Monday, January 2, 2012

Full Catastrophe Living

At this time of year (aka, the Holiday Season -- and we are still in it 'til Jan. 6, aside trees at the curb and 'festive lights' a-dimmed), there's precious little acknowledgment of -- I might even say, tolerance for -- anything but 'good cheer'. Why then is it that, for some, almost nothing could be farther from what is being experienced? The season's professed zeitgeist is one of celebration, bon vivant, eager anticipation, hand-shaking, and smiling, merry this and happy that. The politically incorrect stance is, sadly (and I use the word advisedly) one of mounting stress, urgency, and, perhaps most tellingly, exclusion.

I had occasion to be chatting with my stepson recently as he was preparing his music for the upcoming advent / Christmas services. He made casual mention of the Blue Christmas mass and the challenge of finding music that he felt would reflect the intention of the gathering Although anyone can (and perhaps, should) attend, it's held for those folk who, for a variety of very good reasons, feel less than engaged in the season (somewhat reminiscent, if I allow a jaundiced thought, of those colonies of pariahs, outcasts, if you will) and finding some comfort in an assemblage of like minds and moods. Ultimately, he was careful to choose music that he felt set a quiet, contemplative tone. As we talked, I couldn't avoid recalling (probably because the lyrics are etched into my unconscious by sheer volume of exposure) the maudlin lyrics of 'Blue Christmas' that serve to underscore the very 'us and them' polarizing that happens around this time of year:

"You'll be doin all right, with your Christmas of white...
But I'll have a blue, blue, blue Christmas."
(Thanks, Elvis!)

My personal grump seems to have been a little more contained this year than in the few decades immediately past -- but still around (sufficient to invite the query from Nicola: 'did they beat you or something on Christmas Eve?'). No specific triggers (well, the Boxing Week feeding frenzy doesn't help, hard on the heels of mountains of now emptied boxes and bows cast aside, their sometime contents barely remembered these few days after) -- but surfacing nonetheless. Reduced daylight coincident with the season -- perhaps. The shortage of cash coupled with the 'need' to spend -- possibly. The excess, be it food, drink, or loot -- good candidates. The loss of the spiritual connection, the meaning of the celebration -- we've all heard that one to death.

But I think not sufficient perpetrators. What appears to be hugely amplified and accentuated is the gap, the disconnect between the surface demands of, expectations for the season (conviviality, hale-fellow well-met demeanour) and the logical, near-unavoidable consequences of the stressors that inevitably attend it (urgency, deadlines, hyper-socializing) -- a collision of what 'needs to be' and 'what is' -- underscored with each 'are you ready for Christmas yet?' before the date; the 'did you have a good Christmas?' for the week or so following. Welcome to Hotel California (such a lovely place, where you can check out anytime you like -- but you can never leave!) from which there is no apparent escape.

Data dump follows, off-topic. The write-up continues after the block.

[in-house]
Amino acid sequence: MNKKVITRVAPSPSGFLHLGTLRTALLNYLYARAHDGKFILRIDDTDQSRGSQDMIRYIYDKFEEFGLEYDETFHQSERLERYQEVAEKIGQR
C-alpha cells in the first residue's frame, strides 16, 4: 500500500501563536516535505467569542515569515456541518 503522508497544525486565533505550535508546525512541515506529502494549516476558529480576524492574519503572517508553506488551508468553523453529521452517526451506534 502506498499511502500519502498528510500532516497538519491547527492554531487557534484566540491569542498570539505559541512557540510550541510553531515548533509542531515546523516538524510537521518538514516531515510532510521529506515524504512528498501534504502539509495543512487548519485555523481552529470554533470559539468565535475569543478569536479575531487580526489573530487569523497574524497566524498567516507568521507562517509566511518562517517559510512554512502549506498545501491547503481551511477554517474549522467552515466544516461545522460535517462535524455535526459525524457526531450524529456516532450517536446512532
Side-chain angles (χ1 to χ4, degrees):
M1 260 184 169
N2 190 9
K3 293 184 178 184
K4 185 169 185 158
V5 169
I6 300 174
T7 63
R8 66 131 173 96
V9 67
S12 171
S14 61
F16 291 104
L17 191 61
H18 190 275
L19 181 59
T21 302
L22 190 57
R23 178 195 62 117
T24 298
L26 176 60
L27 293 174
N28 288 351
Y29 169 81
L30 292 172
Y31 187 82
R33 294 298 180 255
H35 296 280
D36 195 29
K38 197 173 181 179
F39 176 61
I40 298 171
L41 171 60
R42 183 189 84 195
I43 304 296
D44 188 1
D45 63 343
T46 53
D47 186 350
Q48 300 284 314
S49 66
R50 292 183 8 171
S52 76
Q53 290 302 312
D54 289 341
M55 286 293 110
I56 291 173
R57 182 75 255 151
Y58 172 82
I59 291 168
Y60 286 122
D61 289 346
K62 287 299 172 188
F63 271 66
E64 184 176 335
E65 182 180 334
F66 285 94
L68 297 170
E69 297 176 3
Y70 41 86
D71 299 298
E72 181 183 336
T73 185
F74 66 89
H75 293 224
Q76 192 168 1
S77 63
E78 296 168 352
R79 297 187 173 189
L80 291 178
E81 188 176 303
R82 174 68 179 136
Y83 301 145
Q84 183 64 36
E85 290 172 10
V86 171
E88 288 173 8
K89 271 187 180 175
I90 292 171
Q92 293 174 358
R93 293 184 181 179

I'd encountered this Christmas card many years ago (back in the days when I still had a Rotty and just one West Highland Terrier) and it spoke to me. The rest of the card included a cat, sitting on the inside of the window, warm, content, and comfortable beside a fully-laden Christmas tree -- probably significant that I'd cropped that part out! How better to allegorically capture the poignant sense of separation, alienation than one species gazing at another, with a glass wall between; one on the outside looking in, the other caught up in, embraced by the 'prescribed surroundings', oblivious to its fellow creatures.

So what to do? Withdraw into anger, sadness, further isolating. Hunker down and wait it out. Alternately, suit up with the majority and participate -- authentically or not. The personal search has been for a less polarized place, less a 'hold my nose and jump' versus a pull back into sullen reticence. In the context of mindfulness practice, Jon Kabat-Zinn, in his introduction to his seminal book, offers a clue to what this spot might look like: Full Catastrophe Living. He describes seeking a concise title that would capture the unique approach that living mindfully represents, borrowing a line ultimately from the film Zorba the Greek. Asked if he'd ever been married, Zorba responds that of course he had, then adds: 'wife, kids, house, everything. . .the full catastrophe'. The reference, as Kabat-Zinn explains, is not that life had been so awful -- but that it embodies a full range of experience, the good with the ill, -- and most particularly that we don't get to cherry pick. The 'dance' is with the fullness of it all -- not just leap-frogging from one 'happy time' to the next.

Where this season is concerned, the dance unquestionably involves the individual's adoption of this more equanimous posture. Not necessarily 'selling out' to the pervasive (and just possibly contrived and forced) 'good cheer'; but allowing oneself into it, as possible and authentic. More than this, however, the culture itself is in need of an attitude adjustment. Inclusiveness requires that we embrace the 'other pole' -- not just the North, with all its presents, elves, and sugar plums; but the South, with its, just possibly sadness, sense of loss, alienation, and quiet reflection on what's been. The full catastrophe.

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